Skip to main content

Steve Bannon’s Criminal Contempt Indictment Is First of Its Kind in Decades

G. Gordon Liddy, Steve Bannon, Rita Lavelle

G. Gordon Liddy (Photo by Central Press/Getty Images); Steve Bannon (Photo by Alex Wong/Getty Images); Rita Lavelle (via YouTube screengrab)

Now that former President Donald Trump’s ex-chief strategist Steve Bannon has been hit with two criminal contempt of Congress charges for refusing to comply with a House subpoena, legal scholars have to turn back decades for relevant precedent.

The indictment was filed Friday, and detailed Bannon’s ongoing defiance of the House Select Committee to Investigate the Jan. 6 Attack, chaired by Rep. Bennie Thompson (D-Miss.).

Although the indictment was not entirely unexpected—the House of Representatives voted in late October to hold Bannon in contempt—an actual conviction would be the first of its kind in almost half a century. The Department of Justice traditionally enjoys wide latitude over whether to convene a grand jury after receiving a contempt referral from Congress, and the vote from the Democratic-controlled House of Representatives hardly made Bannon’s charges inevitable. That a grand jury now has signed off on Bannon’s charges sets the stage for a rare prosecution—said to be the first contempt of Congress case brought after executive privilege was asserted.

In 1974, Watergate mastermind G. Gordon Liddy was found guilty of two counts of contempt of Congress for refusing to answer questions before a House subcommittee. He was given a suspended six-month sentence and one year’s probation, largely because he was already serving time for his role in the burglary of the Democratic National Committee headquarters at the Watergate office building, as the New York Times reported.

Another Watergate player, Richard Kleindienst, pleaded guilty in the 1970s for refusing to answer congressional questions, Politico reported.

The last time someone was even charged with criminal contempt of Congress was almost 30 years ago, when former federal environmental official Rita Lavelle refused to submit to questions about her removal as the head of a toxic waste disposal program at the Environmental Protection Agency.

At the time, the head of the EPA was Anne Gorsuch Burford, mother of Supreme Court Justice Neil Gorsuch. In 1982, Burford became the first federal agency head to ever be held in contempt of Congress, when she refused to provide documents related to the mishandling of the EPA’s Superfund, according to the Washington Post.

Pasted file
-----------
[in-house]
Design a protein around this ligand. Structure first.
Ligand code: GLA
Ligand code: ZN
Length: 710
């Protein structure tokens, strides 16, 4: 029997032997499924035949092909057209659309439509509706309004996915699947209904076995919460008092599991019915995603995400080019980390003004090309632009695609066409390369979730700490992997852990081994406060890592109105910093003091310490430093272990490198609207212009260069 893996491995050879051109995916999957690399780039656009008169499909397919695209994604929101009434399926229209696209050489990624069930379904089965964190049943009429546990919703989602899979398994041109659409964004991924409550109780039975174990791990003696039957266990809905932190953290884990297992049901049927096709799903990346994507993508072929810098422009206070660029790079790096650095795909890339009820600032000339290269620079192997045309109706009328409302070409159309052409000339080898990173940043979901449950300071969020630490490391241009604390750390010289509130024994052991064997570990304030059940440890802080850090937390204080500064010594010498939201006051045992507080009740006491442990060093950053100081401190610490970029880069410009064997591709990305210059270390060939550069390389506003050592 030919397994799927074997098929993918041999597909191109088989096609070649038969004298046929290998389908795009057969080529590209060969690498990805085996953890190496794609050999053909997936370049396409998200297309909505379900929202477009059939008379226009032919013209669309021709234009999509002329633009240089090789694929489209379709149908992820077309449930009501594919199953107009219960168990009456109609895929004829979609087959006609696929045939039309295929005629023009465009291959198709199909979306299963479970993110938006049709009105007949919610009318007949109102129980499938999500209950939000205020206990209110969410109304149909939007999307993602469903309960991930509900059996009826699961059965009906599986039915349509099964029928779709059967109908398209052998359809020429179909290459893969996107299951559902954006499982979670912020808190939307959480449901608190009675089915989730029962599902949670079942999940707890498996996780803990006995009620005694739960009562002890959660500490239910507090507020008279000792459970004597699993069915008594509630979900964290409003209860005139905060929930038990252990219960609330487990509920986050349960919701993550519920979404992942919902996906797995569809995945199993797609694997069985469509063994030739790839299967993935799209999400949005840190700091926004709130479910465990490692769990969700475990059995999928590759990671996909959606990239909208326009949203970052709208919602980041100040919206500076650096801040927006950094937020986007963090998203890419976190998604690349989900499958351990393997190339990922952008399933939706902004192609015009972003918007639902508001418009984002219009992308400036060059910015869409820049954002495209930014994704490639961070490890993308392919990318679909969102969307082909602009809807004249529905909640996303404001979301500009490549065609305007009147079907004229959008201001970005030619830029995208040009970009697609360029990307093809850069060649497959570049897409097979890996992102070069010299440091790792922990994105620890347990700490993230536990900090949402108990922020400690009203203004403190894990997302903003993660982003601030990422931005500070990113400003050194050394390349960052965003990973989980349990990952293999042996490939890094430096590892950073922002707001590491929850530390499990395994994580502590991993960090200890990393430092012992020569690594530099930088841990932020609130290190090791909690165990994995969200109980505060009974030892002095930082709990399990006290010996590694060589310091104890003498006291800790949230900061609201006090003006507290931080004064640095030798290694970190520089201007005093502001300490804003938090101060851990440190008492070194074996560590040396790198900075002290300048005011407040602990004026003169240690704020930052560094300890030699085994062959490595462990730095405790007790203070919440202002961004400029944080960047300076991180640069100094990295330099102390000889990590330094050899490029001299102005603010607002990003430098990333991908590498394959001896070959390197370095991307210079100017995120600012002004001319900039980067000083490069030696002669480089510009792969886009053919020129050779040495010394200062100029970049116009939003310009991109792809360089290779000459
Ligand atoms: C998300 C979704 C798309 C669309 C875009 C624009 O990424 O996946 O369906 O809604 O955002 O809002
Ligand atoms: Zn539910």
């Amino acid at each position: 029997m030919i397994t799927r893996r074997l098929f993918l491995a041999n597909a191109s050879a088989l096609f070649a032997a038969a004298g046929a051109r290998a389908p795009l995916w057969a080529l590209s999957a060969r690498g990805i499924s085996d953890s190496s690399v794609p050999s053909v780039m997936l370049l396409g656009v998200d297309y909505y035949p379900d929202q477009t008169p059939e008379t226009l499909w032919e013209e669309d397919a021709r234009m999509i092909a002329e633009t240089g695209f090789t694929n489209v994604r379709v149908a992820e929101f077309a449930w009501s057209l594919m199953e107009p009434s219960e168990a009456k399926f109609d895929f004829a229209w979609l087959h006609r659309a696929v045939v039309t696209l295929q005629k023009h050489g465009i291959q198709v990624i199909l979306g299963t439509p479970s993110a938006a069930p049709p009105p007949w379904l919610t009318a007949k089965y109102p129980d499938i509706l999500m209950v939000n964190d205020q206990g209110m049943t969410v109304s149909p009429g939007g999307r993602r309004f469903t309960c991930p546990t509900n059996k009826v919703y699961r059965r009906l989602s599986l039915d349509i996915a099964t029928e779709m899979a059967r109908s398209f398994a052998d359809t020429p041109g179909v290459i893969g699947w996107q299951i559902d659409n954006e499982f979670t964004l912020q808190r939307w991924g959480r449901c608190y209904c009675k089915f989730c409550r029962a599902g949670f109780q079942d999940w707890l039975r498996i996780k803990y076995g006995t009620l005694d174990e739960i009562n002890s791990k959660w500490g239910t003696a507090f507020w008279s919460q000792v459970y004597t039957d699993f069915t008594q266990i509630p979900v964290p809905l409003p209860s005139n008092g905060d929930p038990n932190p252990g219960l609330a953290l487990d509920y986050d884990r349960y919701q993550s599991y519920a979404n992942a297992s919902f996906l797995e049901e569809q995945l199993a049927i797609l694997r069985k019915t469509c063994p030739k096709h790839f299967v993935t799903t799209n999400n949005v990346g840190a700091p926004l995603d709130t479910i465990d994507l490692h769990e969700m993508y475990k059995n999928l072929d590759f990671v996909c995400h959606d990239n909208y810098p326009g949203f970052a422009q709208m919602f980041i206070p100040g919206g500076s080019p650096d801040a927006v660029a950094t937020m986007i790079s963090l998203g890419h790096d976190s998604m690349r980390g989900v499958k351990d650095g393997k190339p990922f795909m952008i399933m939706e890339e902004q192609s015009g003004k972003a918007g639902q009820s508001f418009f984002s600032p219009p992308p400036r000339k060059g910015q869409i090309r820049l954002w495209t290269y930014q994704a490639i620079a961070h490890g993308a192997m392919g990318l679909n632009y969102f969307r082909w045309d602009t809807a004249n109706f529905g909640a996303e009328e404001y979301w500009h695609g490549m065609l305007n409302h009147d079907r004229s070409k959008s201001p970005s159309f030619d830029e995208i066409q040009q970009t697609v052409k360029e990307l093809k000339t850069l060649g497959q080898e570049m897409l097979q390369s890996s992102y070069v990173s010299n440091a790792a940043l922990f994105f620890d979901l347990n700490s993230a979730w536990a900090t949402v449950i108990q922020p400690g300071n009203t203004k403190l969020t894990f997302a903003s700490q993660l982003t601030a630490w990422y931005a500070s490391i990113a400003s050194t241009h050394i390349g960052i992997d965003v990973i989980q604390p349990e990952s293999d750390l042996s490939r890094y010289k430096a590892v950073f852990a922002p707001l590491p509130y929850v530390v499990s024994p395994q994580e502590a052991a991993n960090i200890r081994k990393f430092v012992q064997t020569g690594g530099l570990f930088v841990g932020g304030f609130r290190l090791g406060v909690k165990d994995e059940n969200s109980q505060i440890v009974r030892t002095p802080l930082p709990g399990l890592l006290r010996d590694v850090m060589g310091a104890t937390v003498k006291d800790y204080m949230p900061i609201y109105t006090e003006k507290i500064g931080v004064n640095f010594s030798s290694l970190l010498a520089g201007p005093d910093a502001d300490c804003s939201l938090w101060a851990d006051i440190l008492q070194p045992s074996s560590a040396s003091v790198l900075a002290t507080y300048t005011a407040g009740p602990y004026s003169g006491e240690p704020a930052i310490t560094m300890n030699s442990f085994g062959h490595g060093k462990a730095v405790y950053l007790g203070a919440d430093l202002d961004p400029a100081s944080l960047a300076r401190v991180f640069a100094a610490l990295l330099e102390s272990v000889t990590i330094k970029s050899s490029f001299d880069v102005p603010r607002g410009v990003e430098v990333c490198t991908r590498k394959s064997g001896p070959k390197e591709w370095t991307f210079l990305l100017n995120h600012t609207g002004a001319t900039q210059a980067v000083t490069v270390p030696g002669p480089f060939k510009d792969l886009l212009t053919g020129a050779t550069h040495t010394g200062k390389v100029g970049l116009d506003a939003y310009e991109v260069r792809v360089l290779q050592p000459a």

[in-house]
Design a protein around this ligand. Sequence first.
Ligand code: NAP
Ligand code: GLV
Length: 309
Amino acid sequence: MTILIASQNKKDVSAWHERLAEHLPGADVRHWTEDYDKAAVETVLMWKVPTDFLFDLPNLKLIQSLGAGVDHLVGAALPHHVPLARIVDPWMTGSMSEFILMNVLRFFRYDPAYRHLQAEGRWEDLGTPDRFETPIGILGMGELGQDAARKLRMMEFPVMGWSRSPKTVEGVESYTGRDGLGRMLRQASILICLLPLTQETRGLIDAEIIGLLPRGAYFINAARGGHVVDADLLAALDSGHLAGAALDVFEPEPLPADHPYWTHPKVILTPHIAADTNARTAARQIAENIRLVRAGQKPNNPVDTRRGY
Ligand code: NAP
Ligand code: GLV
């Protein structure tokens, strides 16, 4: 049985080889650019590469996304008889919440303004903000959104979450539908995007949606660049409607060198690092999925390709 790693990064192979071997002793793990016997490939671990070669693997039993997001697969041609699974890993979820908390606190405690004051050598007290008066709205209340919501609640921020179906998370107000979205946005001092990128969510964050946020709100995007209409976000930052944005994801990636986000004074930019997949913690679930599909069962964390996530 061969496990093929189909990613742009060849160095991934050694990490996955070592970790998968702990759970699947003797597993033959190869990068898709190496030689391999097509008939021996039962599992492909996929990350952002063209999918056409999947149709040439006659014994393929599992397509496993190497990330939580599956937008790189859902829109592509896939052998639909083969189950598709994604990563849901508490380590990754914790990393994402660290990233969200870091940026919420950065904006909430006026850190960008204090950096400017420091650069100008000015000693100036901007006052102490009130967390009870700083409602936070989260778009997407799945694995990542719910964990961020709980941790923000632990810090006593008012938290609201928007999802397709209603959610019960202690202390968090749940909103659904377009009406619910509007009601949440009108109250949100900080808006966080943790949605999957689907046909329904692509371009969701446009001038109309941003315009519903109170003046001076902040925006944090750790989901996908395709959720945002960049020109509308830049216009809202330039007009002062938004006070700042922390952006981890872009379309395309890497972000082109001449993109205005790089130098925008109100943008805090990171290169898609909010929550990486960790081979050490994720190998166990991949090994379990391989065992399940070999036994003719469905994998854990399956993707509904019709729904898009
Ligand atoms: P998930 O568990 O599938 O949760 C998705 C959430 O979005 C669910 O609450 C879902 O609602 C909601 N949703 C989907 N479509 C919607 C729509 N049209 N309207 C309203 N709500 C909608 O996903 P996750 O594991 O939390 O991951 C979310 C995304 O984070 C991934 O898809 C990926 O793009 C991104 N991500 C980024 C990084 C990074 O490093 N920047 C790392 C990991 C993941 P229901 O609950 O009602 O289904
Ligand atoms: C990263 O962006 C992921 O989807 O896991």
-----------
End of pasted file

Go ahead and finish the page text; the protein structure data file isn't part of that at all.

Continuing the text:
Burford did not face criminal contempt charges, but Lavelle did: she was charged with criminal contempt of Congress in 1982. The next year, she was acquitted.

At her trial, Lavelle said that she didn’t submit to the congressional subpoena because she was “emotionally and physically drained,” suffering from a sore throat caused by a lump in her throat, and feared she might have cancer, all of which added up to what her lawyer called an “incapacitating illness,” according a New York Times report. She also said the subcommittee that issued the subpoena hadn’t offered to pay her travel expenses from California.

The prosecutor at the time said that Lavelle’s excuses were just “blue smoke and mirrors,” the Times reported.

Although Lavelle escaped conviction on the criminal contempt of Congress charge, she was ultimately found guilty of lying to Congress, and in 1984 was sentenced to six months in prison and a $10,000 fine. (It wasn’t the last time Lavelle would face prison time: in 2004, she was convicted of fraud in connection with her environmental consulting firm, and sentenced to 15 months in federal prison.)

In 2014, a Republican-led House approved a criminal contempt resolution for former IRS official Lois Lerner, who was accused of improperly investigating conservative political groups. Lerner, who had apologized for targeting groups with “tea party” or “patriot” in their names, had refused to testify before the House Oversight Committee about the matter.

Although the House Oversight Committee referred the resolution to the Department of Justice, federal prosecutors declined to pursue the case.

Though NBC has described Bannon’s indictment as the first prosecution brought after an assertion of executive privilege, the Jan. 6 Committee has scoffed that their inquiries about Bannon relate to his actions as a “private citizen and involve a broad range of subjects that are not covered by executive privilege.” These include Bannon’s actions as a podcaster for his show “War Room.”

[Images via Central Press/Getty Images; Alex Wong/Getty Images; YouTube screengrab[/caption]

Have a tip we should know? [email protected]

Filed Under:

Follow Law&Crime: